October 23, 2007

Running out of time

Scientists have found that carbon dioxide is increasing in the atmosphere much faster than had been predicted. Carbon dioxide accumulation in the atmosphere has accelerated since the late 90's when the increase had been averaging around 0.7% annually. Since 2000, the increase has been 2.9% per year (4 times greater!) which results in an increase of carbon dioxide that is 35% more than the previous estimates used in the IPCC models. And the increases are much greater than had been used for setting the targets for reducing carbon dioxide emissions needed to avoid the worst effects of global climate change.

Corinne Le Quere, a climate expert at the University of East Anglia and British Antarctic Survey, who helped conduct the study, said: "It's bad news because the increase in atmospheric carbon dioxide has accelerated since 2000 in a way we did not expect. My biggest worry is people are discouraged by this and do nothing. I hope political leaders will act on this, because we need to do something fast."

The study worsens even the gloomy predictions of this year's report from the Intergovernmental Panel on Climate Change. The IPCC, which shared the Nobel peace prize this month with Al Gore, said there were only eight years left to prevent the worst effects of global warming, by acting to curb emissions.

Dr Le Quere said: "We are emitting far more than anticipated when the IPCC scenarios were drawn up in the late 1990s." Global carbon dioxide emissions from fossil fuel burning has risen by an average 2.9% each year since 2000. During the 1990s the annual rise was 0.7%.

Three factors contribute to this worsening situation:

  • World economic growth
  • China's dependence of coal for energy
  • Depletion of the ability of the oceans, soils and forests to absorb excess carbon.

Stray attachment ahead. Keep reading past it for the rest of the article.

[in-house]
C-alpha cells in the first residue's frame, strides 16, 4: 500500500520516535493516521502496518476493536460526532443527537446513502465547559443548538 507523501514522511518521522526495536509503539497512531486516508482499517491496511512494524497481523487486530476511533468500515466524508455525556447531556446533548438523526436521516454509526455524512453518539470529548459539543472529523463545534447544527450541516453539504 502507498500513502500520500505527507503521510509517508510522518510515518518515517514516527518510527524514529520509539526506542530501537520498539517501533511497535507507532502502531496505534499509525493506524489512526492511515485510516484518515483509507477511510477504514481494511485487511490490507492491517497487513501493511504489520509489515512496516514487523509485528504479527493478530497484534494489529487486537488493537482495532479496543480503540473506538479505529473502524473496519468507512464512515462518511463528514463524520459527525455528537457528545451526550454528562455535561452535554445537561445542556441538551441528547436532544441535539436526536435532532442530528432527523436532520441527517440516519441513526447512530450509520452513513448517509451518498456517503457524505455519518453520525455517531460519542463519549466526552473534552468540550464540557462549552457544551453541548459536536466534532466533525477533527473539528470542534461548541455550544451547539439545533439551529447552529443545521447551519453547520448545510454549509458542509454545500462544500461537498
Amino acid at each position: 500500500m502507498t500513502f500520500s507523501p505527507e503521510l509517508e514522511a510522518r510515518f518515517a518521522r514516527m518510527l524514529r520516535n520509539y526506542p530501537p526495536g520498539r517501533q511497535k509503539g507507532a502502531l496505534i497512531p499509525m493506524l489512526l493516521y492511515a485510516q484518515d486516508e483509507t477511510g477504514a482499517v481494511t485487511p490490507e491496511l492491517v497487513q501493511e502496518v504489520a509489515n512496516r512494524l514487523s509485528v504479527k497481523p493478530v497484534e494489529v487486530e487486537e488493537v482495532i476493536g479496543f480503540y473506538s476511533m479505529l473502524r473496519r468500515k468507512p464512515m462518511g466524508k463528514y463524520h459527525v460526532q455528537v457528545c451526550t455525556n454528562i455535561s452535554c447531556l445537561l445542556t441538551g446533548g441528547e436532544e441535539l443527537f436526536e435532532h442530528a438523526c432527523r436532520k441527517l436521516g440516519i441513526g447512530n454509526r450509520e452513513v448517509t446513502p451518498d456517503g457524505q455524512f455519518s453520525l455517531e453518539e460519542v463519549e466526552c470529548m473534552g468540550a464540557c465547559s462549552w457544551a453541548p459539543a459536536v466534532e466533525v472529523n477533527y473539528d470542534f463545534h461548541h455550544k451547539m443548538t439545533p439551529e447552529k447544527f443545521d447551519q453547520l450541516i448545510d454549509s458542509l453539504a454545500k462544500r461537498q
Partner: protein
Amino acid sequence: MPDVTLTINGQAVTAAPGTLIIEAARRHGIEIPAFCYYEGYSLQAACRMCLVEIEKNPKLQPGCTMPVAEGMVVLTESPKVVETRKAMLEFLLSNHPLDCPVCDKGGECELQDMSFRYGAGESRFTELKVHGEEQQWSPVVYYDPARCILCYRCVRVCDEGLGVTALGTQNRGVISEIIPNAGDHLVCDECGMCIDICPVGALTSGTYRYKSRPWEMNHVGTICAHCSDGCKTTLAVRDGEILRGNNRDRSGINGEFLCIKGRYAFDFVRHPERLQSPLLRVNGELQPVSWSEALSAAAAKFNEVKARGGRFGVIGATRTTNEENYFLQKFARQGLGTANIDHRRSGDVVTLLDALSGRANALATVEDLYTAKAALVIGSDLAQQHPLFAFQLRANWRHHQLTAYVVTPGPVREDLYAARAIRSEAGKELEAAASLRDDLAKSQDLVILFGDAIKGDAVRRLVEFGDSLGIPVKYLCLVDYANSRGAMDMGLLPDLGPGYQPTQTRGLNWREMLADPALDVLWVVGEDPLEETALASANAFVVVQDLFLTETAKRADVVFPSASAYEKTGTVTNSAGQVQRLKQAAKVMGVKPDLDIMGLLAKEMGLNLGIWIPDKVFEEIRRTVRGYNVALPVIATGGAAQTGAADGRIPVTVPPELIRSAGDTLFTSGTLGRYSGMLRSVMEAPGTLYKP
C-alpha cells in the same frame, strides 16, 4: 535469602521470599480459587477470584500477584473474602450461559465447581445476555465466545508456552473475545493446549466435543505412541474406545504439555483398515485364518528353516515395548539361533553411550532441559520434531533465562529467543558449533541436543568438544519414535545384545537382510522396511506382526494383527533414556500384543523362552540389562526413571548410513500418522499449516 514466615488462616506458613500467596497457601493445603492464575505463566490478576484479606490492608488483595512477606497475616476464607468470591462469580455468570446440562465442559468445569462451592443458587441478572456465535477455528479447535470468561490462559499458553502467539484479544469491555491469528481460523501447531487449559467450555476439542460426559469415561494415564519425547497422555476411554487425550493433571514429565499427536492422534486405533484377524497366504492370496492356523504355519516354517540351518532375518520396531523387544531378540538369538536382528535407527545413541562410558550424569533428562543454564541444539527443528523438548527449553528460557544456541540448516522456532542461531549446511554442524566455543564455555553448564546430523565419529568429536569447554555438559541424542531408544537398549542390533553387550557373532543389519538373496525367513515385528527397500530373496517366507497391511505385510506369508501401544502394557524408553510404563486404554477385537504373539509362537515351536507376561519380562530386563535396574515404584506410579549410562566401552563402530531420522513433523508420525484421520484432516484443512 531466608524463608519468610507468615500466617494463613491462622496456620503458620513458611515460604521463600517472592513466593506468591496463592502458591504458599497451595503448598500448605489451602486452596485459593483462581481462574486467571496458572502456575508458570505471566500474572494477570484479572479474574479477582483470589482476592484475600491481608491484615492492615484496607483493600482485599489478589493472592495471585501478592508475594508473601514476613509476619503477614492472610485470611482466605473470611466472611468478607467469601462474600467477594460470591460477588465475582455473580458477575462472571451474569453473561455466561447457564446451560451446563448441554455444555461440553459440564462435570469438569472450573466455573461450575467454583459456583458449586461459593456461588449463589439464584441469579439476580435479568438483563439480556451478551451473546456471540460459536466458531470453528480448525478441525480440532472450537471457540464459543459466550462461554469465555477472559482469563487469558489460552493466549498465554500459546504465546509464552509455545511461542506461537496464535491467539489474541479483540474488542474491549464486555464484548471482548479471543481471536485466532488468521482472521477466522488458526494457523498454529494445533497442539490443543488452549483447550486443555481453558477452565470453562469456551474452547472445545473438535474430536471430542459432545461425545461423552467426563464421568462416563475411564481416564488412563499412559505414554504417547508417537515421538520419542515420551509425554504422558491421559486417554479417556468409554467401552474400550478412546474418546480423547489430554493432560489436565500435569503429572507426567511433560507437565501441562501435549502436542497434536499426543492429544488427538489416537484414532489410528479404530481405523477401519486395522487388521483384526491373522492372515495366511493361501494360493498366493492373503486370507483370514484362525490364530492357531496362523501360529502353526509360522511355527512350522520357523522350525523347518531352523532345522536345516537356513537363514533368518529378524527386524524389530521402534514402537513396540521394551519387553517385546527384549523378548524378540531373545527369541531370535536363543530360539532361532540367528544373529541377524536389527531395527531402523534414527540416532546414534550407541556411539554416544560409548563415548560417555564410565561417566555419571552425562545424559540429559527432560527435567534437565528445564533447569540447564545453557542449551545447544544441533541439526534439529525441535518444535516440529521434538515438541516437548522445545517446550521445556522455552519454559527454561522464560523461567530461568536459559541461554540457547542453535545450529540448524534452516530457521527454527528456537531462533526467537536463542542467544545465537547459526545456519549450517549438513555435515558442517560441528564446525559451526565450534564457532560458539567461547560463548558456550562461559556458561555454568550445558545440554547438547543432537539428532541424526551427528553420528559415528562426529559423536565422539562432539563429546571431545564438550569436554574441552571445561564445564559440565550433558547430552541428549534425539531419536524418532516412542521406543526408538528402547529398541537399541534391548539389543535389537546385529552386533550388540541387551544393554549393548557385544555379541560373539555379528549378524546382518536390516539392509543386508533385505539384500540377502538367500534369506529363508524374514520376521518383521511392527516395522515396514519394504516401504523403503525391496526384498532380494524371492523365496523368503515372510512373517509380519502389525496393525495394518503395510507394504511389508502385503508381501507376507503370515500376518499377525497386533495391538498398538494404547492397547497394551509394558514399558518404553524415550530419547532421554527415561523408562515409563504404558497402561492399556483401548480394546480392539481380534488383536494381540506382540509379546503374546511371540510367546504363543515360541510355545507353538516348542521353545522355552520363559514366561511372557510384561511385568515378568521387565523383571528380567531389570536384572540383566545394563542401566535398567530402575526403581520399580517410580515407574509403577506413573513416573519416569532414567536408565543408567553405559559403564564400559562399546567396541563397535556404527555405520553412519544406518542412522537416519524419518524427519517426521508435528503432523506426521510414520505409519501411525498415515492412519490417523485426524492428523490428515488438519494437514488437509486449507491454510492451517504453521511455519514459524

Half of the extra carbon dioxide growth in the atmosphere comes from the fact that the normal carbon sinks are becoming less able absorb the amount of carbon they've been consuming in the past. The other half comes from humans using more carbon intense energy.

If you watched the videos from wonderingmind42 posted this weekend, you would have seen how humans are emitting around 7 gigatons of carbon per year into the atmosphere, with around 4 gigatons of those emissions being absorbed by the oceans and plants leaving an excess of 3 gigatons contributing to the increasing carbon dioxide accumulation in the atmosphere. So what happens to the global climate when instead of having 3 excess gigatons of carbon, we have 5 extra gigatons of carbon or even worse, 7 extra carbon gigatons being added to the atmosphere each year? The change would be significantly faster than any of us could manage. We are running out of time to deal with this problem. Do something.

Posted by Mary at October 23, 2007 12:32 AM | Environment | TrackBack(2) | Technorati links |
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